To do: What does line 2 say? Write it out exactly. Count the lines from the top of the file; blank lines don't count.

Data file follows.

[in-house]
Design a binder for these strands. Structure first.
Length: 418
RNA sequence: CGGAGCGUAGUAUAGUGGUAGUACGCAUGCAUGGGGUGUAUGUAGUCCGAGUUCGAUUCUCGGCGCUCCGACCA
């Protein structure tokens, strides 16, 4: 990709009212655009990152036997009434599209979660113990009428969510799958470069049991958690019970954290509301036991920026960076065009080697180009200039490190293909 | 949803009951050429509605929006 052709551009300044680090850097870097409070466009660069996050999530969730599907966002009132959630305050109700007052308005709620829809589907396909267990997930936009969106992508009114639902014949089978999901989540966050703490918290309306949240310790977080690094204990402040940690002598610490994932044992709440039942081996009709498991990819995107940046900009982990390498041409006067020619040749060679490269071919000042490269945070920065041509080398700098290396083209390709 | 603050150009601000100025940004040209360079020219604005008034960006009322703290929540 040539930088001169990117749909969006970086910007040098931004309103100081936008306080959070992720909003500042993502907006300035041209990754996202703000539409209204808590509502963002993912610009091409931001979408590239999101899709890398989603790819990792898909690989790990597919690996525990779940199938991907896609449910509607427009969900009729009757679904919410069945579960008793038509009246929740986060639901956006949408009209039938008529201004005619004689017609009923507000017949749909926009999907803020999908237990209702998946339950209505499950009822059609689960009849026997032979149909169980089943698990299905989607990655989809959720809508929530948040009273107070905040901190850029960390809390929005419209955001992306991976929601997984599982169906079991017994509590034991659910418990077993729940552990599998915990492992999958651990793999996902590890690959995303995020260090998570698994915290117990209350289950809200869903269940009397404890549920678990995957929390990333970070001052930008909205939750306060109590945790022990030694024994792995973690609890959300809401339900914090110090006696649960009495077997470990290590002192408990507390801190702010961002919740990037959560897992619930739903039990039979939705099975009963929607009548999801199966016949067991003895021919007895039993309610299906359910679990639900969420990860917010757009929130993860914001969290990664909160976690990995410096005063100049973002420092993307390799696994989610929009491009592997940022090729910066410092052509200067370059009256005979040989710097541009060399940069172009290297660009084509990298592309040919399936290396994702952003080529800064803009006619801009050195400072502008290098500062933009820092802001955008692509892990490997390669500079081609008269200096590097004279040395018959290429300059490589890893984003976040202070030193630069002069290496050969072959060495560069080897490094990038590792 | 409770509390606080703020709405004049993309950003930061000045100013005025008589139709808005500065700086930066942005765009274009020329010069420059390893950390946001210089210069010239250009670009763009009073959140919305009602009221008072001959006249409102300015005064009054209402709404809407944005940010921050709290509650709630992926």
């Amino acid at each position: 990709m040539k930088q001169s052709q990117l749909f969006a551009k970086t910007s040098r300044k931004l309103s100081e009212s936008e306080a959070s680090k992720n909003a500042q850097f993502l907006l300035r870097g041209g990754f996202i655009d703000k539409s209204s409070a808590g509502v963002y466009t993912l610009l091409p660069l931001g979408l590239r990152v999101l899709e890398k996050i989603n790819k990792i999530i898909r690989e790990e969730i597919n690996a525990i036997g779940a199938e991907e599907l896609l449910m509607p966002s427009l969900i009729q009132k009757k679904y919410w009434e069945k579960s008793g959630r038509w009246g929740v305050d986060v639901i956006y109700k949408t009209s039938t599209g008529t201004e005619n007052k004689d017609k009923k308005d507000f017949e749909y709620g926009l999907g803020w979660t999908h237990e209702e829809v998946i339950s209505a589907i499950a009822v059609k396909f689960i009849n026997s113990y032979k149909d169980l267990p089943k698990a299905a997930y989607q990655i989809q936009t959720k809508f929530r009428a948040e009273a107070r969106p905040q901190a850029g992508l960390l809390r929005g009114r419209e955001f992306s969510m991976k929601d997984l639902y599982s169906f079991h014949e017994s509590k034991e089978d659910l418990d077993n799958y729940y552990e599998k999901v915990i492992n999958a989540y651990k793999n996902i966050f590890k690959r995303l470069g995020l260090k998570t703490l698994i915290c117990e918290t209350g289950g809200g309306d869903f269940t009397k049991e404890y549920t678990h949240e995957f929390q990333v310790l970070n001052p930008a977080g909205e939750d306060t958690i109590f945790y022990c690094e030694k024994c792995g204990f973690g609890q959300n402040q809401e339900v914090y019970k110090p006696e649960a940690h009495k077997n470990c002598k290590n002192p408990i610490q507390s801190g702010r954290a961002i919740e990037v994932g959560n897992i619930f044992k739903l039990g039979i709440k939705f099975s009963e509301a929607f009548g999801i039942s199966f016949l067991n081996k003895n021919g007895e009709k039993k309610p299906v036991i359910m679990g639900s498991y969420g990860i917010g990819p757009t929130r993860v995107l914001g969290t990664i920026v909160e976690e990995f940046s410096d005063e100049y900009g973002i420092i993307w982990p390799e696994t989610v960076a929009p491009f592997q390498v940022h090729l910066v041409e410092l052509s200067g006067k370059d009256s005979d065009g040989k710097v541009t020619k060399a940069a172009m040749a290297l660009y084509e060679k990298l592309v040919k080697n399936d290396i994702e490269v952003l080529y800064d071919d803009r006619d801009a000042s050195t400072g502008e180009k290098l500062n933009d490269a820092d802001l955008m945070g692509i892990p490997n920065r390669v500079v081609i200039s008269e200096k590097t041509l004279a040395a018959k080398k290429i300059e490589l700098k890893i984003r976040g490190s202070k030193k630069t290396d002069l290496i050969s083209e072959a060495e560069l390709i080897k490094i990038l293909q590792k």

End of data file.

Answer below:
Design a binder for these strands. Structure first.